American Public Opinion and U.S. Foreign Policy, 1990 (ICPSR 9564)
Principal Investigator(s): Chicago Council on Foreign Relations
This data collection is the 1990 version of a quadrennial study designed to investigate the opinions and attitudes of the general public and of a select group of opinion leaders (or elites) on matters relating to foreign policy. The primary objectives of this study were to define the parameters of public opinion within which decision makers must operate and to compare the attitudes of the general public with those of opinion leaders. For the purposes of this study, "opinion leaders" are defined as those who are in positions of leadership in government, academia, business and labor, the media, religious institutions, special interest groups, and private foreign policy organizations. Both general public and elite respondents were questioned regarding the biggest problems/foreign policy problems facing the United States today, spending levels for various federal government programs, the role of Congress in determining foreign policy, the impact of foreign policy on things such as prices and unemployment, economic aid to other nations, military aid/selling military equipment to other nations, the role of the United States in world affairs, the Bush administration's handling of various problems, government reactions to situations in Kuwait, Panama, and China, the importance of various countries to America's vital interests, possible threats/adversaries to the United States in coming years, and the use of United States military troops in other parts of the world. Other topics covered include the relative importance of several foreign policy goals, United States relations with the Soviet Union, Cuba, and Vietnam, NATO and keeping troops in western Europe, the military role of Japan and Germany, the economic unification of western Europe, the Israeli-Palestinian dispute, policy options to reduce dependence on foreign oil, the illegal drug problem, free trade, and the respondent's political party affiliation and the strength of that affiliation. In addition, general populace respondents were asked to indicate their level of political activity, how closely they followed news about several current issues and events, and to rate various foreign countries and American and foreign leaders on a feeling thermometer scale. Demographic characteristics such as religious preference, marital status, employment status, household composition, education, age, Hispanic origin, race, sex, and income also were gathered for these respondents.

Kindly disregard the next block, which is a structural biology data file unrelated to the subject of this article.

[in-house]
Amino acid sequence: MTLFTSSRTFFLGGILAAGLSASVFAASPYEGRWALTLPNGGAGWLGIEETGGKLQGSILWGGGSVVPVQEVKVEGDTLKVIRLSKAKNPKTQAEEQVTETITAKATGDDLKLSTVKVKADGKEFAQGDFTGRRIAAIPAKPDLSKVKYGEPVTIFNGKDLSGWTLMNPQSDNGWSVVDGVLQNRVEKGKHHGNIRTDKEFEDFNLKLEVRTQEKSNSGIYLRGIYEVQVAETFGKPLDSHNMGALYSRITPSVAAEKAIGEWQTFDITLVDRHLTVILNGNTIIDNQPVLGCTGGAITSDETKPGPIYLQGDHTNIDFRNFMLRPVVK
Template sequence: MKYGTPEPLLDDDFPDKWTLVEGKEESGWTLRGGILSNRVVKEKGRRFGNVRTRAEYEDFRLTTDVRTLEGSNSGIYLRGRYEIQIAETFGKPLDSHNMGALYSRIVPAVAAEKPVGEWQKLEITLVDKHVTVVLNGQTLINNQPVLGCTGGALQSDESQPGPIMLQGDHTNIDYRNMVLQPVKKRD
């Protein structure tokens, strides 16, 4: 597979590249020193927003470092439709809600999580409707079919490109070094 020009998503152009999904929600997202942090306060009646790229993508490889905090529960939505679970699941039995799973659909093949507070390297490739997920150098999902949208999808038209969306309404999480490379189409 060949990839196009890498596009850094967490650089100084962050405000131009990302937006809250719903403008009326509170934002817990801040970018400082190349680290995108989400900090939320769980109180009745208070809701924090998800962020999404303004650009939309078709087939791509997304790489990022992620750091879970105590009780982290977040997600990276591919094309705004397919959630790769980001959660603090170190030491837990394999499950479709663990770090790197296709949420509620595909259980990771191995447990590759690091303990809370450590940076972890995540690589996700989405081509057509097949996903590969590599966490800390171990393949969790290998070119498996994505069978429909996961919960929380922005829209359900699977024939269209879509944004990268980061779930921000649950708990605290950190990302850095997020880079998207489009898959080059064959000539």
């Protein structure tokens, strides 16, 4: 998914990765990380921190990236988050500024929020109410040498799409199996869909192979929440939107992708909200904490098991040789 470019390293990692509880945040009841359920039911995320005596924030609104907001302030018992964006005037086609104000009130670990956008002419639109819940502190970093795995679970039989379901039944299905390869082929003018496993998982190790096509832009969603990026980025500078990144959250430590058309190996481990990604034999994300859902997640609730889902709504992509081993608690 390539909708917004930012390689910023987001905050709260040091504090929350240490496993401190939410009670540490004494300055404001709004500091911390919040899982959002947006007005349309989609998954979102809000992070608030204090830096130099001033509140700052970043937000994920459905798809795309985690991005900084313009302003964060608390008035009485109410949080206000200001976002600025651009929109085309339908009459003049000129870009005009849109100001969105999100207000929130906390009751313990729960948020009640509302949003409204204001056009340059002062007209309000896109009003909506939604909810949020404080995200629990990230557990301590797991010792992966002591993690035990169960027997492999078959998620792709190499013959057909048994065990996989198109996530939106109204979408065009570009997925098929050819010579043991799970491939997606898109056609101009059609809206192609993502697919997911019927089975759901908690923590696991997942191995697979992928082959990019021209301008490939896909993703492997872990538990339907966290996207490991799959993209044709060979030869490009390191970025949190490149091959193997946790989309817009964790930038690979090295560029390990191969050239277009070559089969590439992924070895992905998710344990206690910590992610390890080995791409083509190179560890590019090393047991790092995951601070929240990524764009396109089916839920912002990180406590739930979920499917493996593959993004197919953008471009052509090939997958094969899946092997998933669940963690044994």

One or more data files in this study are set up in a non-standard format, such as card image format. Users may need help converting these files before they can be used for analysis.
Chicago Council on Foreign Relations. American Public Opinion and U.S. Foreign Policy, 1990. ICPSR09564-v1. Ann Arbor, MI: Inter-university Consortium for Political and Social Research [distributor], 2007-08-02. http://doi.org/10.3886/ICPSR09564.v1
Persistent URL: http://doi.org/10.3886/ICPSR09564.v1
This study was funded by:
- Chicago Council on Foreign Relations
Scope of Study
Subject Terms: Arab Israeli conflict, European unification, foreign affairs, foreign aid, foreign policy, international relations, leadership, military intervention, national economy, national elites, national interests, policy making, public approval, public opinion
Geographic Coverage: United States
Universe: Part 1: Individuals in positions of leadership in the Bush administration, the House of Representatives, the Senate, business, labor, media, education, and religious organizations, special interest groups, and private foreign policy organizations, and Part 2: Civilian adults aged 18 and older, living in the United States.
Data Types: survey data
Data Collection Notes:
The data contain blanks and nonnumeric codes. Part 2 contains a weight variable that should be used in any analysis. See ICPSR data collections 5808, 7748, 7786, 8130, and 8712 for similar collections from previous years.
The documentation provides no information for the first record of each case for Part1: Elite Data. ICPSR was not able to obtain any additional information from the data producer, the Gallup Organization.
Sample: Part 1: Purposive sampling of selected opinion leaders designed to replicate samples used in previous years, and Part 2: Replicated national probability sample.
personal interviews and telephone interviews
Original ICPSR Release: 1991-10-23
- 2007-08-02 SAS, SPSS, and Stata setup files have been added to this data collection.
- 2006-06-26 A processing note has been added to the codebook and metadata description indicating the lack of information for the first record of each case in Part 1: Elite Data.
- 2006-01-12 All files were removed from dataset 3 and flagged as study-level files, so that they will accompany all downloads.
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